After we were done, Colm asked me if we could go back to the golf course and practice putting. We did that until the sun began to drop behind the hills. We drove the old pickup home across the valley. Then we grabbed a burger and fries and went to the drive-in to see Ice Age. All in all, a pretty good start to the country boys' long weekend.

Saturday, September 05, 2009

Life imitating art

Com has been improvising some funny outfits lately. Here he's found a pirate hat and some boots belonging to his mother. He's looking for a rope in hopes of transforming himself into a cowboy. I'm not sure how the whistle fits in though I'm sure it does in his mind. This unchoreographed pose struck a chord, however faint, in my memory. Remember Donatello's David? The one who supposedly slew Goliath? I don't know who's more convincing, Colm the cowboy or David the giant-slayer.

Colm hits first grade

The nest is officially empty (during the school day) now. Our beamish boy has joined our glittering girl on the daily treadmill to school. Colm is ready. He sees what he's got to do.Tess has blazed the trail before him, and she'll be a boon to him, I think. He still admires his sister above everyone else. His teacher will be one of my former high school students...yet another benchmark of some kind. I'm afraid the reminders of time passing just keep piling up.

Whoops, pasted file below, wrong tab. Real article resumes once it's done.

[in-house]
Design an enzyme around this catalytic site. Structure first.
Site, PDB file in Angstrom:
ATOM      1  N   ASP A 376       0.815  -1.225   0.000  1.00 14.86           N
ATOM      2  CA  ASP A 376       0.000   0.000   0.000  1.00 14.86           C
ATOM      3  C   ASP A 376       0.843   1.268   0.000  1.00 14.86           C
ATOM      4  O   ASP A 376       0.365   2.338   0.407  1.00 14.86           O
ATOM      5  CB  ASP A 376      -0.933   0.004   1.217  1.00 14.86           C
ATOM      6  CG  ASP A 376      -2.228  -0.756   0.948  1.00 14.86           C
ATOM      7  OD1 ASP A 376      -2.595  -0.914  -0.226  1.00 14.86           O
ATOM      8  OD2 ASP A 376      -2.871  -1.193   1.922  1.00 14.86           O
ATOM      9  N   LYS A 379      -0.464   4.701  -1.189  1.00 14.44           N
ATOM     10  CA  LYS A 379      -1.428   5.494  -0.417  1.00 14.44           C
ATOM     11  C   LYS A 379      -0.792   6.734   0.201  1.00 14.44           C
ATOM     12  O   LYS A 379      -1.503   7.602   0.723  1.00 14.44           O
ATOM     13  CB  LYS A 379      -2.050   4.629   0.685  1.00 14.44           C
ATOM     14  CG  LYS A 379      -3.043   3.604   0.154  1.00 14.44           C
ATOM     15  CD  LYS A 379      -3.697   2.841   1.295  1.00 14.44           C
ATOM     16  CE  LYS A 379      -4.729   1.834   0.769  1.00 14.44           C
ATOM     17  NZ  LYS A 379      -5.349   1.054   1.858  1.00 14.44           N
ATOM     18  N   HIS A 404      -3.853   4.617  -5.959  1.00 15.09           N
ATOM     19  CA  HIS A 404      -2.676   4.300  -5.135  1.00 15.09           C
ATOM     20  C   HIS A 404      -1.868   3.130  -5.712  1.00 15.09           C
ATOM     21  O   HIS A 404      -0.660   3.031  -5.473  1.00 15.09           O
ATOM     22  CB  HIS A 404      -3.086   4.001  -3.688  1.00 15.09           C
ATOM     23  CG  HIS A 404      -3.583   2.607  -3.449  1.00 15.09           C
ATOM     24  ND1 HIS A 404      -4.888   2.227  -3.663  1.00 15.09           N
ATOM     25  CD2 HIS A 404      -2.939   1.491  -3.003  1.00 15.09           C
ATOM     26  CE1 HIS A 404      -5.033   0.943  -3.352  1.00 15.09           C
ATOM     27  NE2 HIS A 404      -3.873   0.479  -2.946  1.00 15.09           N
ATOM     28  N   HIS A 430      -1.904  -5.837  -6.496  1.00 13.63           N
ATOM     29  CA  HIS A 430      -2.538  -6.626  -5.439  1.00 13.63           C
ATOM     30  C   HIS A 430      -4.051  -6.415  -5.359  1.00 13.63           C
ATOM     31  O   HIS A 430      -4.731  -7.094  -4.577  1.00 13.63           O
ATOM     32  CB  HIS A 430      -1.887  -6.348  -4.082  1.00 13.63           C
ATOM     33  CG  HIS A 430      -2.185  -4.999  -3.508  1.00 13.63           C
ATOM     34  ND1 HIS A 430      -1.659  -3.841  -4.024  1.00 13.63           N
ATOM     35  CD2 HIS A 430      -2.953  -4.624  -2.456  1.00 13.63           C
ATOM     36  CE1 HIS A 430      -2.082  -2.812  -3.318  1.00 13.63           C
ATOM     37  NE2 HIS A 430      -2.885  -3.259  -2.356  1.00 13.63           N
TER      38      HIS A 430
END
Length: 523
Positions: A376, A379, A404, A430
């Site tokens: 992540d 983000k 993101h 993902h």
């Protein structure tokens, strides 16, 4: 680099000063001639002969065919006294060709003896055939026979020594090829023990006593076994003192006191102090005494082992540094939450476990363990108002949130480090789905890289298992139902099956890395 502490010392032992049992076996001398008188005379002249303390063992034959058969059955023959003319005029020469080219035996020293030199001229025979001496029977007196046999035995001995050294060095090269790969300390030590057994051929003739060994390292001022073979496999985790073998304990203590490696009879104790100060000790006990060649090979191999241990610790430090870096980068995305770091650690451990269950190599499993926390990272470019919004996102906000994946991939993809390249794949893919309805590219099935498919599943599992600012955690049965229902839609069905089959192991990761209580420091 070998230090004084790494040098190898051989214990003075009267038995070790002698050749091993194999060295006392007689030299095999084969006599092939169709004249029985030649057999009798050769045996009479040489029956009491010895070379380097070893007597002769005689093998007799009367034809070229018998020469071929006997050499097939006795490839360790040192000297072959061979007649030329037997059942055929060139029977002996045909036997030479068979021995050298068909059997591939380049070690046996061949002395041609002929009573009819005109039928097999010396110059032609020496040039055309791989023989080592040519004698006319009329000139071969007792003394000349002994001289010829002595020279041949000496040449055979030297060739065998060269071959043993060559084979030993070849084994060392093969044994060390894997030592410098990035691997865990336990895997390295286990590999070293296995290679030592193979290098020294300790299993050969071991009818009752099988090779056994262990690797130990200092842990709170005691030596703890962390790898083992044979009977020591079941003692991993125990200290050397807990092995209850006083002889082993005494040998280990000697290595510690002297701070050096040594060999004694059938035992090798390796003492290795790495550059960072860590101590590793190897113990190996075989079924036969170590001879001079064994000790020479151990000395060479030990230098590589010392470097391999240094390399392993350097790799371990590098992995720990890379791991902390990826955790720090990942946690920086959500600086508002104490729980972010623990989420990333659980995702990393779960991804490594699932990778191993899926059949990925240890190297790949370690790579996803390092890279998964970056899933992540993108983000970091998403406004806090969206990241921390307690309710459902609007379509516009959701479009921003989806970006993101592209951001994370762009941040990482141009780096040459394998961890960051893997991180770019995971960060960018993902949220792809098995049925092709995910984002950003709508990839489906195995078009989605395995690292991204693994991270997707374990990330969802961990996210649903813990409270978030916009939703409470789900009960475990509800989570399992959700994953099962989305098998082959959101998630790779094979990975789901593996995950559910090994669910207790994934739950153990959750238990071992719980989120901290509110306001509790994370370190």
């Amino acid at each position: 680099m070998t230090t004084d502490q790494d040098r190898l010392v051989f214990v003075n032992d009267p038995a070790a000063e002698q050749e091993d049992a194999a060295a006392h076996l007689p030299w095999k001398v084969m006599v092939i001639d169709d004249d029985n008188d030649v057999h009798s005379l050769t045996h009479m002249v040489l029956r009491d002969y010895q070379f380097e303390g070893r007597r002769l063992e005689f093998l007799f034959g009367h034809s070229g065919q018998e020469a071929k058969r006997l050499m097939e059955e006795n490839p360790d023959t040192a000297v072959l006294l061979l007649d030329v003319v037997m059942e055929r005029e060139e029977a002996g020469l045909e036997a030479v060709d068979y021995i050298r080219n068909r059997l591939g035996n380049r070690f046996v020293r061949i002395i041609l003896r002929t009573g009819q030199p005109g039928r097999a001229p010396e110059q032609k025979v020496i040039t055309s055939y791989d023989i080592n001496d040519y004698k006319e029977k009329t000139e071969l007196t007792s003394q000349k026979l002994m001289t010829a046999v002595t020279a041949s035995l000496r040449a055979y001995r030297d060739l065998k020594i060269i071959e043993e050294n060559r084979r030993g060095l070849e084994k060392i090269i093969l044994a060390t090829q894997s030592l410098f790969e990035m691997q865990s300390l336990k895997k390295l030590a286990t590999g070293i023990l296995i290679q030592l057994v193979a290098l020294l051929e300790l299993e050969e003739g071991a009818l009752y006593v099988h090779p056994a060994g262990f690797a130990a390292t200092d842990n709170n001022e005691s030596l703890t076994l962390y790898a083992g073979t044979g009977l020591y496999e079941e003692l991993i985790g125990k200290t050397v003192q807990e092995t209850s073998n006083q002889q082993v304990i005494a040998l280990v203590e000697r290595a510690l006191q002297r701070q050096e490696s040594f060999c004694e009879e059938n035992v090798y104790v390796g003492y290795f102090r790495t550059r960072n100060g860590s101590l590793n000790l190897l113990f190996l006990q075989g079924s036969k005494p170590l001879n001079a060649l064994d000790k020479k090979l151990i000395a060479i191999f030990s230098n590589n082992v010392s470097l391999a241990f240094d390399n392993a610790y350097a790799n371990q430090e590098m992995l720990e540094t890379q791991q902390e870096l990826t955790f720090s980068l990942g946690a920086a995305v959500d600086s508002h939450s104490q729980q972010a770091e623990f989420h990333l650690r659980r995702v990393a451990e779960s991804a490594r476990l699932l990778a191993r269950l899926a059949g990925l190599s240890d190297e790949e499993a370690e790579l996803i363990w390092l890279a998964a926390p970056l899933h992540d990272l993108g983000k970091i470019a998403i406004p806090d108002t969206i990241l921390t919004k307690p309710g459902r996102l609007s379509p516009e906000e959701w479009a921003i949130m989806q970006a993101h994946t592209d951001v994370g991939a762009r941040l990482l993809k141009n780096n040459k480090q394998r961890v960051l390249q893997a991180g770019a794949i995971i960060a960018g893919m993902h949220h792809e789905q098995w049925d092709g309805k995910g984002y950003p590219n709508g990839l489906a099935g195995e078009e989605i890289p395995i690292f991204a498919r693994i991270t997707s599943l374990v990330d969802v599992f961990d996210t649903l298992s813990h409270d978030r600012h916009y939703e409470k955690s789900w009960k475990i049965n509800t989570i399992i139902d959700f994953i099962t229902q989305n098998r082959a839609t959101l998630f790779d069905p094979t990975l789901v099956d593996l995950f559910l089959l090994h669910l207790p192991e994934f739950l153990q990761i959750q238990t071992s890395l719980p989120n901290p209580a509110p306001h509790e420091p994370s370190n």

The traditional sign making and photo op, followed by the walk.

Beth now walks with them to school in the morning. Sammy comes along, and once in awhile they pick up a friend or two on the way, in this case Owen. I will miss the morning walks with Tess to school. Changes.

Summer's lease...

A few shots of summer fun. Even though the bus isn't running anymore, it's still the fun house for the kids. Just add water.